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How dock10 went Inside No. 9

Last night's surprise episode was shot at dock10 using a virtual studio

Anyone tuning into last night’s Inside No. 9 on BBC Two would have seen a change from the scheduled programme – or so it seemed.

The episode billed for that time, titled Hold on Tight, was supposed to be set on a bus. But before the episode began, viewers were told that a technical difficulty meant it couldn’t be shown and that a new quiz show pilot featuring comedian Lee Mack would air instead.

Mack then appeared on screen presenting what appeared to be a quiz show, however, all was not what it seemed. In fact, the project was so secret that windows in the dock10 gallery were covered up so that word wouldn’t get out, and the project was given a special code name.

Planning for the episode began months ago, with the production team needing to create a realistic-looking quiz show set in a studio. Instead of creating a physical set, the team chose to employ a virtual set instead, which led them to dock10.

dock10 said they had a virtual prototype for a quiz show that we could look at and adapt for our own needs,” explained Eirwen Davies, from Inside No. 9 producer BBC Studios Productions. “That is what did. We adapted their virtual quiz show set.”

The shoot took place at dock10 over two days. Each of the contestants (who were in fact actors) had a physical buzzer in front of them that they could press. Apart from the buzzers, much of the set was digitally created – and was composited into the shots in real-time during production.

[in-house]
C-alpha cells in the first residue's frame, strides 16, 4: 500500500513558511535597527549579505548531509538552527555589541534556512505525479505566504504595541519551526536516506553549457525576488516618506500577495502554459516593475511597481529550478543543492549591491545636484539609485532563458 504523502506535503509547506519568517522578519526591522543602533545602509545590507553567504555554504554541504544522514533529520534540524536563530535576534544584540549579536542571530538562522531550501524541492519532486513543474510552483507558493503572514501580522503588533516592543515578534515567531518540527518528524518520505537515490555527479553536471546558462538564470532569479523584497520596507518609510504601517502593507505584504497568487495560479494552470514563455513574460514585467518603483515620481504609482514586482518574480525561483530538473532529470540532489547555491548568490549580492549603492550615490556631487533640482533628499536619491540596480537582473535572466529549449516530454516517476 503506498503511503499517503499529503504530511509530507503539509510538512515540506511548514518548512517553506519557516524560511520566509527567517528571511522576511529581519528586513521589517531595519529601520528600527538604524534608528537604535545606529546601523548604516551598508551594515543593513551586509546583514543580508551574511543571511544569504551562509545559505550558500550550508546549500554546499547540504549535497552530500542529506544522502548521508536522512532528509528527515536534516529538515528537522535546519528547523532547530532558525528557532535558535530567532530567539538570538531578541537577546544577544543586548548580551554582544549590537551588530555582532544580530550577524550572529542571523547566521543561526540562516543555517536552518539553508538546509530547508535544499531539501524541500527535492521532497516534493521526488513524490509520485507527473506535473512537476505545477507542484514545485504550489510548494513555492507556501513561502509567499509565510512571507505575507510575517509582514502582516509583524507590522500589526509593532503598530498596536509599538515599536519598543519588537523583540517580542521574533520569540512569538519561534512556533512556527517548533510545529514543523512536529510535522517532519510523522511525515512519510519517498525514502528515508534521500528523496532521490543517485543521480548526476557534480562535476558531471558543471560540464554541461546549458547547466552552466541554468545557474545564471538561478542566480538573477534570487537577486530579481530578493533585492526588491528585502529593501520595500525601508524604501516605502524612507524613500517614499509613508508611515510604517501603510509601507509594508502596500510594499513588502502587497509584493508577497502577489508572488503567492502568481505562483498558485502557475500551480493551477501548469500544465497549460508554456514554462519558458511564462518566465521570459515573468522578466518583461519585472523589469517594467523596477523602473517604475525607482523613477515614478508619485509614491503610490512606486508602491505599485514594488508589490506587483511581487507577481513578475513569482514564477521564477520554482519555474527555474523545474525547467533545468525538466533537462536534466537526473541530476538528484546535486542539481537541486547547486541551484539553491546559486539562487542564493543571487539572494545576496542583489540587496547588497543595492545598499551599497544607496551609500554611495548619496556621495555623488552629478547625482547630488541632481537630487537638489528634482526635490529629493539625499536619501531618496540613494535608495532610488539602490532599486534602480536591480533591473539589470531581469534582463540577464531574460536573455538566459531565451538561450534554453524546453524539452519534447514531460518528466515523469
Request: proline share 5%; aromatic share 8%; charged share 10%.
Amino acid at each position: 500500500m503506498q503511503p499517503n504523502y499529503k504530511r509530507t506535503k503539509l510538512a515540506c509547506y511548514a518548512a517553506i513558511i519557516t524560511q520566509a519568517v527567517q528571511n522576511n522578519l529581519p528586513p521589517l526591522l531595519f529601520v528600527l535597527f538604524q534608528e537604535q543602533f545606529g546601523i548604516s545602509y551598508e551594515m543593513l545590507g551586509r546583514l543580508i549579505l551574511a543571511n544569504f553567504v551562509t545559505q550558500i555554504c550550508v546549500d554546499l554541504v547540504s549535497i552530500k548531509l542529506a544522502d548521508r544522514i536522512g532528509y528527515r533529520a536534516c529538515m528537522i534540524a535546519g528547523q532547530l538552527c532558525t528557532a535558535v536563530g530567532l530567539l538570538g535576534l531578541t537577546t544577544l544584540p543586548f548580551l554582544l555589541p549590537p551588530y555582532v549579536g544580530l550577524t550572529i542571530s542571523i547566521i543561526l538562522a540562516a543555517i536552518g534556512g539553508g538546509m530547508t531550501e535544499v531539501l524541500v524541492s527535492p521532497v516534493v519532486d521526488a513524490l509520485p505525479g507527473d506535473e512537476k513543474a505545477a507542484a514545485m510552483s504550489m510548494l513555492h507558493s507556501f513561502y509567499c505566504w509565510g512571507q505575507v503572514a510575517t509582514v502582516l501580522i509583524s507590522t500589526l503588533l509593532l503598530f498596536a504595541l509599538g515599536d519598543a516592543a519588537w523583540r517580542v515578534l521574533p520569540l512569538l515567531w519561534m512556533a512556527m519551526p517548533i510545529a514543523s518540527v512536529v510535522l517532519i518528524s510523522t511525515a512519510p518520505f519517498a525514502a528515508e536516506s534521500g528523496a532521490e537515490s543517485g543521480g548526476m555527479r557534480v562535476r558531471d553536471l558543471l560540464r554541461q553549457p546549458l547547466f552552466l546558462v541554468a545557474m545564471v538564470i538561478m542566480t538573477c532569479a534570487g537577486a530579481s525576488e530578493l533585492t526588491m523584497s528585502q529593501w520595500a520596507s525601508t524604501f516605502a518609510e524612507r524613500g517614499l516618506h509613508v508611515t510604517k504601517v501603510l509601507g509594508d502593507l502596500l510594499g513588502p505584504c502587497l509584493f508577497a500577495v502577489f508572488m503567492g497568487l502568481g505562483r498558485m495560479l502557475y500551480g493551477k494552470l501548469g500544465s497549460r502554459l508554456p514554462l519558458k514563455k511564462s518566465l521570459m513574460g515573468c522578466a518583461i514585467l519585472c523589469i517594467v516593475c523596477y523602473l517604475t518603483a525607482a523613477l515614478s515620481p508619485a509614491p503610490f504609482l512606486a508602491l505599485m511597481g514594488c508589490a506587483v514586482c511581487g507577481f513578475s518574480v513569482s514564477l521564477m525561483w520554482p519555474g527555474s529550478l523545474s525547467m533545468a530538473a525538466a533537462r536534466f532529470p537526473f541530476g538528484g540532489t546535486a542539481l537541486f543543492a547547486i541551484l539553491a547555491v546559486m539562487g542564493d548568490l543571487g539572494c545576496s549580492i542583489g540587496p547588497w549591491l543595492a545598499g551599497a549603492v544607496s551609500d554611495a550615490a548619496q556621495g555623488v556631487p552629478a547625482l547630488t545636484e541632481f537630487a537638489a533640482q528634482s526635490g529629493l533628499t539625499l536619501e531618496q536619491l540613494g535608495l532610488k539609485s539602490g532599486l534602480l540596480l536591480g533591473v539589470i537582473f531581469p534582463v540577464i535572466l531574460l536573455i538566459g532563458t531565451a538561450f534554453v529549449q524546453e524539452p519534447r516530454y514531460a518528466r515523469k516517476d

If I looked at the studio, there was literally nothing there,” added Davies. “Then I’d look at the comped in shots [on the monitor] with the entire set in it. It blew my mind!”

“If you were filming a quiz show in a traditional multicamera studio, you’d run it as live from beginning to end to keep the momentum going, and then go back in for some pick up shots,” she explained. “Because this was virtual, and there was very little in the studio, we were able to do lots of different passes. It was almost a bit like a hybrid between a multicamera and a single camera set up.”

Most of the work on the set was carried out during the pre-production stage, with producer Kim Crowther and production designer Paul Rowan visiting dock10 for a demo, followed by regular meetings with dock10’s virtual studio specialists who helped to adapt the virtual quiz show prototype. 

Asked if Inside No. 9 could return to a virtual set in the future, Davies says that will depend on what creators Reece Shearsmith and Steve Pemberton write. “Every single episode is different,” she added.